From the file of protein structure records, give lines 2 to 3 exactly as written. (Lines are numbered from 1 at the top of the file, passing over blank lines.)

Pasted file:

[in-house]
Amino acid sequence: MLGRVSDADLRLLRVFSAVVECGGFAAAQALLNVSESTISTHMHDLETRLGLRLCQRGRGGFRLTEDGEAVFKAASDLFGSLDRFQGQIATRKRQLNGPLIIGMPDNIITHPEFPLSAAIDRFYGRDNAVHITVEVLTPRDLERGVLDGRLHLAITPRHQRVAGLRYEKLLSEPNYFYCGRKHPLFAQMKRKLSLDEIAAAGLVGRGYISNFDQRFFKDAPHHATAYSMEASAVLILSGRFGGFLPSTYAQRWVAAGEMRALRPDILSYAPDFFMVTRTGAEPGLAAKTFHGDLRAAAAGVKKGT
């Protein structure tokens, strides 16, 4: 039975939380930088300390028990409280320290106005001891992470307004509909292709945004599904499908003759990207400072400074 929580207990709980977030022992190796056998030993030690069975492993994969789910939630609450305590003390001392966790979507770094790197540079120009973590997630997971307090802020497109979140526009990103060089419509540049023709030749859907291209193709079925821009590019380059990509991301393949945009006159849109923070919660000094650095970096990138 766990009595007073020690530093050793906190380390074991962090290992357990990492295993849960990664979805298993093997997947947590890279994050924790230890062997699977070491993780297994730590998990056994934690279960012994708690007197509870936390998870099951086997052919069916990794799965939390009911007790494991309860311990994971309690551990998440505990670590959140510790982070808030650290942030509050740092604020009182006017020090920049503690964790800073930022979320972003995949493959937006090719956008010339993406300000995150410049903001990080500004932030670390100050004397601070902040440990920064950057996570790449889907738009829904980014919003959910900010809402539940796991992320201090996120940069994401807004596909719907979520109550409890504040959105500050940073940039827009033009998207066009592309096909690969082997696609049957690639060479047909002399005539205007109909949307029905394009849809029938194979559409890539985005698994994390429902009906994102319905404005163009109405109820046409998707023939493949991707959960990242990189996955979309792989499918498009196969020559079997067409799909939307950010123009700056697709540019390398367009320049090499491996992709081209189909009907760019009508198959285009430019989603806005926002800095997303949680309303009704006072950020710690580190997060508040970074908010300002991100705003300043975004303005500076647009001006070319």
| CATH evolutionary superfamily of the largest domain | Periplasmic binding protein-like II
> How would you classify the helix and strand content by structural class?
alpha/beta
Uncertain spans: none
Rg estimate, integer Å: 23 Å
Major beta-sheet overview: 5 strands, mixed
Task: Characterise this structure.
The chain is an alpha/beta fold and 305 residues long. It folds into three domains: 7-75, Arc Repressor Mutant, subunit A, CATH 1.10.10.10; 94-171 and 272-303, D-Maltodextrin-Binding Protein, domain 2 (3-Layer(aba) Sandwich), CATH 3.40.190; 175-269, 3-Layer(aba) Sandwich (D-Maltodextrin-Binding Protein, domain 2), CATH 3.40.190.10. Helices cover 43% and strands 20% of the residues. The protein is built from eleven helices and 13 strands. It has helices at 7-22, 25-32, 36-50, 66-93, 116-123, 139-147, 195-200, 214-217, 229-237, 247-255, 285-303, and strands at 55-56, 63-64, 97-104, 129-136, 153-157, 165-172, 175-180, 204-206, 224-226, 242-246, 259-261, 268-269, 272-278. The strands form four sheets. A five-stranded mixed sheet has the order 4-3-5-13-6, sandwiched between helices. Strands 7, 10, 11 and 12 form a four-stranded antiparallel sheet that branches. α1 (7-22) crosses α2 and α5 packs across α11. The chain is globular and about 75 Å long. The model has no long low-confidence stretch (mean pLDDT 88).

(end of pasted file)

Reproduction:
Amino acid sequence: MLGRVSDADLRLLRVFSAVVECGGFAAAQALLNVSESTISTHMHDLETRLGLRLCQRGRGGFRLTEDGEAVFKAASDLFGSLDRFQGQIATRKRQLNGPLIIGMPDNIITHPEFPLSAAIDRFYGRDNAVHITVEVLTPRDLERGVLDGRLHLAITPRHQRVAGLRYEKLLSEPNYFYCGRKHPLFAQMKRKLSLDEIAAAGLVGRGYISNFDQRFFKDAPHHATAYSMEASAVLILSGRFGGFLPSTYAQRWVAAGEMRALRPDILSYAPDFFMVTRTGAEPGLAAKTFHGDLRAAAAGVKKGT
């Protein structure tokens, strides 16, 4: 039975939380930088300390028990409280320290106005001891992470307004509909292709945004599904499908003759990207400072400074 929580207990709980977030022992190796056998030993030690069975492993994969789910939630609450305590003390001392966790979507770094790197540079120009973590997630997971307090802020497109979140526009990103060089419509540049023709030749859907291209193709079925821009590019380059990509991301393949945009006159849109923070919660000094650095970096990138 766990009595007073020690530093050793906190380390074991962090290992357990990492295993849960990664979805298993093997997947947590890279994050924790230890062997699977070491993780297994730590998990056994934690279960012994708690007197509870936390998870099951086997052919069916990794799965939390009911007790494991309860311990994971309690551990998440505990670590959140510790982070808030650290942030509050740092604020009182006017020090920049503690964790800073930022979320972003995949493959937006090719956008010339993406300000995150410049903001990080500004932030670390100050004397601070902040440990920064950057996570790449889907738009829904980014919003959910900010809402539940796991992320201090996120940069994401807004596909719907979520109550409890504040959105500050940073940039827009033009998207066009592309096909690969082997696609049957690639060479047909002399005539205007109909949307029905394009849809029938194979559409890539985005698994994390429902009906994102319905404005163009109405109820046409998707023939493949991707959960990242990189996955979309792989499918498009196969020559079997067409799909939307950010123009700056697709540019390398367009320049090499491996992709081209189909009907760019009508198959285009430019989603806005926002800095997303949680309303009704006072950020710690580190997060508040970074908010300002991100705003300043975004303005500076647009001006070319």